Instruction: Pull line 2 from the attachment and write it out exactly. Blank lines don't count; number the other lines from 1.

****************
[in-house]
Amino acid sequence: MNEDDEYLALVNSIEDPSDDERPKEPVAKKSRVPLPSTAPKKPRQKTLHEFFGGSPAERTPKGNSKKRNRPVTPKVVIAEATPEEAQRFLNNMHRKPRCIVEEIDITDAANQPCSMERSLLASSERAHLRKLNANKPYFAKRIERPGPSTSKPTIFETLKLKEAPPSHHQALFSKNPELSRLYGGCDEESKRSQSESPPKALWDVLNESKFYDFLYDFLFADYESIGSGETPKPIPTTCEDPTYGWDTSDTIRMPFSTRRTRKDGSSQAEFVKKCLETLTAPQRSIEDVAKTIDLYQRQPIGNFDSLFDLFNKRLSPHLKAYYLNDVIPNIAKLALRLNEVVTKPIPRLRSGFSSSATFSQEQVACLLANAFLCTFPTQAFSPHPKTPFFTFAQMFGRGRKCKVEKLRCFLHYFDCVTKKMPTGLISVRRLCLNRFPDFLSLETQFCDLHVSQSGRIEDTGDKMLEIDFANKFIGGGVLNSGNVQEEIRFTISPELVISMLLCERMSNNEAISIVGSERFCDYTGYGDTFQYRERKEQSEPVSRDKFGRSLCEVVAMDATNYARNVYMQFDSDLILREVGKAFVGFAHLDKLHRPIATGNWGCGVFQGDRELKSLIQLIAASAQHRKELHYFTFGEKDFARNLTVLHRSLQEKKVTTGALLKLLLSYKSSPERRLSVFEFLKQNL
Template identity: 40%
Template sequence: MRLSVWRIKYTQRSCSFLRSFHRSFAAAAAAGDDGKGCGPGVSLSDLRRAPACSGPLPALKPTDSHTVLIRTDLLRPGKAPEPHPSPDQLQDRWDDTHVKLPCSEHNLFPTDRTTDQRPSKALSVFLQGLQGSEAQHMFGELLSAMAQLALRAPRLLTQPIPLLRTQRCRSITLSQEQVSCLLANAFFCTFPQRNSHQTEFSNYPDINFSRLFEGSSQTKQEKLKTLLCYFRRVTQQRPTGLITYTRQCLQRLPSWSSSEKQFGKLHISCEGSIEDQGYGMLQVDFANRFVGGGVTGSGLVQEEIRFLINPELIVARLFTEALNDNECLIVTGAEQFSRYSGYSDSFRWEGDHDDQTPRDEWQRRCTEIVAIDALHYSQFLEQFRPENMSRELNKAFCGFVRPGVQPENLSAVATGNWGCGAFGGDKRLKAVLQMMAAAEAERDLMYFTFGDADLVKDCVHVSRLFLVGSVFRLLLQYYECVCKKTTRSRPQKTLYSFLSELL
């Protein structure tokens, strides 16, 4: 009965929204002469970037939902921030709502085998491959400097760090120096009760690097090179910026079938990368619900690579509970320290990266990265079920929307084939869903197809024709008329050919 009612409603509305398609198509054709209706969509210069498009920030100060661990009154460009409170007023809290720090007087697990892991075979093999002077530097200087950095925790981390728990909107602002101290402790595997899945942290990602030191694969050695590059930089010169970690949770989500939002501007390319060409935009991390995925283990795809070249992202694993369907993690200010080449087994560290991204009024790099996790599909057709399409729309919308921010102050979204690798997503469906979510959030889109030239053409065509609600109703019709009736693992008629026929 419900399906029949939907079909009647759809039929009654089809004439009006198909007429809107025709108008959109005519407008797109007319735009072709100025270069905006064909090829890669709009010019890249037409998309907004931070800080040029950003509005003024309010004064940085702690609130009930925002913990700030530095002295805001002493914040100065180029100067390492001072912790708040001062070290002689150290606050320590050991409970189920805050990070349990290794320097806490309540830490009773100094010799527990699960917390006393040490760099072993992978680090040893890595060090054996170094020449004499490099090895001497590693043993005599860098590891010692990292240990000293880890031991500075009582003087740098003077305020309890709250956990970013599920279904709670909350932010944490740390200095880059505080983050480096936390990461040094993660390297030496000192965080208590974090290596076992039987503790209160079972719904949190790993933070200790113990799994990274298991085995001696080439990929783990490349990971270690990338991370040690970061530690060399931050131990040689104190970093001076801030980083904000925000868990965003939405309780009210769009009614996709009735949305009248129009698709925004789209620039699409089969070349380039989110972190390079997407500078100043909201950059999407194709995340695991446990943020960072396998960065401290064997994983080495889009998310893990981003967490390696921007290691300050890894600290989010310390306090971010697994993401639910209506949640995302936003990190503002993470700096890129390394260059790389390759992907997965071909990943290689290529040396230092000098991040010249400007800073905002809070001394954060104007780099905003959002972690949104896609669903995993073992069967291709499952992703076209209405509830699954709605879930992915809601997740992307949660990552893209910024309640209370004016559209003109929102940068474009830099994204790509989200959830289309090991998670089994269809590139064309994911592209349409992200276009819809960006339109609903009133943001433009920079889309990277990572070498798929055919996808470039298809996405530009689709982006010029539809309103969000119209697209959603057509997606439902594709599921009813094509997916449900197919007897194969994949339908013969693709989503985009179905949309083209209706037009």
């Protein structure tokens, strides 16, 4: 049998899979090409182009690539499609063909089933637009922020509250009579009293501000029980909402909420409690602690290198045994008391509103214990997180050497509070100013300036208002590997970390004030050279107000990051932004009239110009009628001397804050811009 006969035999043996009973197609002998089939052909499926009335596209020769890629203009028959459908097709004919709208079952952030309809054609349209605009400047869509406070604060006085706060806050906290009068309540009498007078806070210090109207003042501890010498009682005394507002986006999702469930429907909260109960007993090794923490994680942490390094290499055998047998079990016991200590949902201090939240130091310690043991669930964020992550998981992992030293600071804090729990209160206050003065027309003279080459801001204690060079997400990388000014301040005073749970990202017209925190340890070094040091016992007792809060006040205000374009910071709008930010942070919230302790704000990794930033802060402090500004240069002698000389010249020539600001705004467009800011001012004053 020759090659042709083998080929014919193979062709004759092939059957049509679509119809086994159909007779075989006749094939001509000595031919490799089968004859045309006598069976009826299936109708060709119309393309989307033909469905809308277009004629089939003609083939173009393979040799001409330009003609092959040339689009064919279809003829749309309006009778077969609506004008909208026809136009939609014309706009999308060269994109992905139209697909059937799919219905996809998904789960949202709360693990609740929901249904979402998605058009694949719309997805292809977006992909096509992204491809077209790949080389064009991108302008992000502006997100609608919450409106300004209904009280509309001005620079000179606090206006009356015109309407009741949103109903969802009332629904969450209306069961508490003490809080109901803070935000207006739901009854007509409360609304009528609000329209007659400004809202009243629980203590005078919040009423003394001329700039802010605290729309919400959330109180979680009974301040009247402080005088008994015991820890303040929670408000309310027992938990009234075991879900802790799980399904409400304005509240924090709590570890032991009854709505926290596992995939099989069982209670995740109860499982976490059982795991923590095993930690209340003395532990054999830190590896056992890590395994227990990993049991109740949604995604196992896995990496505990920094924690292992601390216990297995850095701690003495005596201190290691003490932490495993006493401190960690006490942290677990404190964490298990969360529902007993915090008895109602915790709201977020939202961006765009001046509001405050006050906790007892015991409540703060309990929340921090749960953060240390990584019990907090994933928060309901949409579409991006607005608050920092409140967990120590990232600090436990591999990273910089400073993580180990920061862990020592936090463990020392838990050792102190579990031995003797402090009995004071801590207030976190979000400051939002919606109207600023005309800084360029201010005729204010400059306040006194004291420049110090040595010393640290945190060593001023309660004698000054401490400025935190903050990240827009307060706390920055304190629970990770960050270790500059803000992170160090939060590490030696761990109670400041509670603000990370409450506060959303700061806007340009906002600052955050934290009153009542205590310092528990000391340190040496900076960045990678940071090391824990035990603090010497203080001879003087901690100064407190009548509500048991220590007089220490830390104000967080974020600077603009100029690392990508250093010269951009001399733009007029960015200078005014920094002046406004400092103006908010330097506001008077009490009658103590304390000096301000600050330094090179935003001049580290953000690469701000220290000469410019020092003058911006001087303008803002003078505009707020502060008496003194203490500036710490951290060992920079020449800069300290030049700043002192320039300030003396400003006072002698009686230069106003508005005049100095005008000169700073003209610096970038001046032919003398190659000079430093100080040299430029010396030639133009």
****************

Amino acid sequence: MNEDDEYLALVNSIEDPSDDERPKEPVAKKSRVPLPSTAPKKPRQKTLHEFFGGSPAERTPKGNSKKRNRPVTPKVVIAEATPEEAQRFLNNMHRKPRCIVEEIDITDAANQPCSMERSLLASSERAHLRKLNANKPYFAKRIERPGPSTSKPTIFETLKLKEAPPSHHQALFSKNPELSRLYGGCDEESKRSQSESPPKALWDVLNESKFYDFLYDFLFADYESIGSGETPKPIPTTCEDPTYGWDTSDTIRMPFSTRRTRKDGSSQAEFVKKCLETLTAPQRSIEDVAKTIDLYQRQPIGNFDSLFDLFNKRLSPHLKAYYLNDVIPNIAKLALRLNEVVTKPIPRLRSGFSSSATFSQEQVACLLANAFLCTFPTQAFSPHPKTPFFTFAQMFGRGRKCKVEKLRCFLHYFDCVTKKMPTGLISVRRLCLNRFPDFLSLETQFCDLHVSQSGRIEDTGDKMLEIDFANKFIGGGVLNSGNVQEEIRFTISPELVISMLLCERMSNNEAISIVGSERFCDYTGYGDTFQYRERKEQSEPVSRDKFGRSLCEVVAMDATNYARNVYMQFDSDLILREVGKAFVGFAHLDKLHRPIATGNWGCGVFQGDRELKSLIQLIAASAQHRKELHYFTFGEKDFARNLTVLHRSLQEKKVTTGALLKLLLSYKSSPERRLSVFEFLKQNL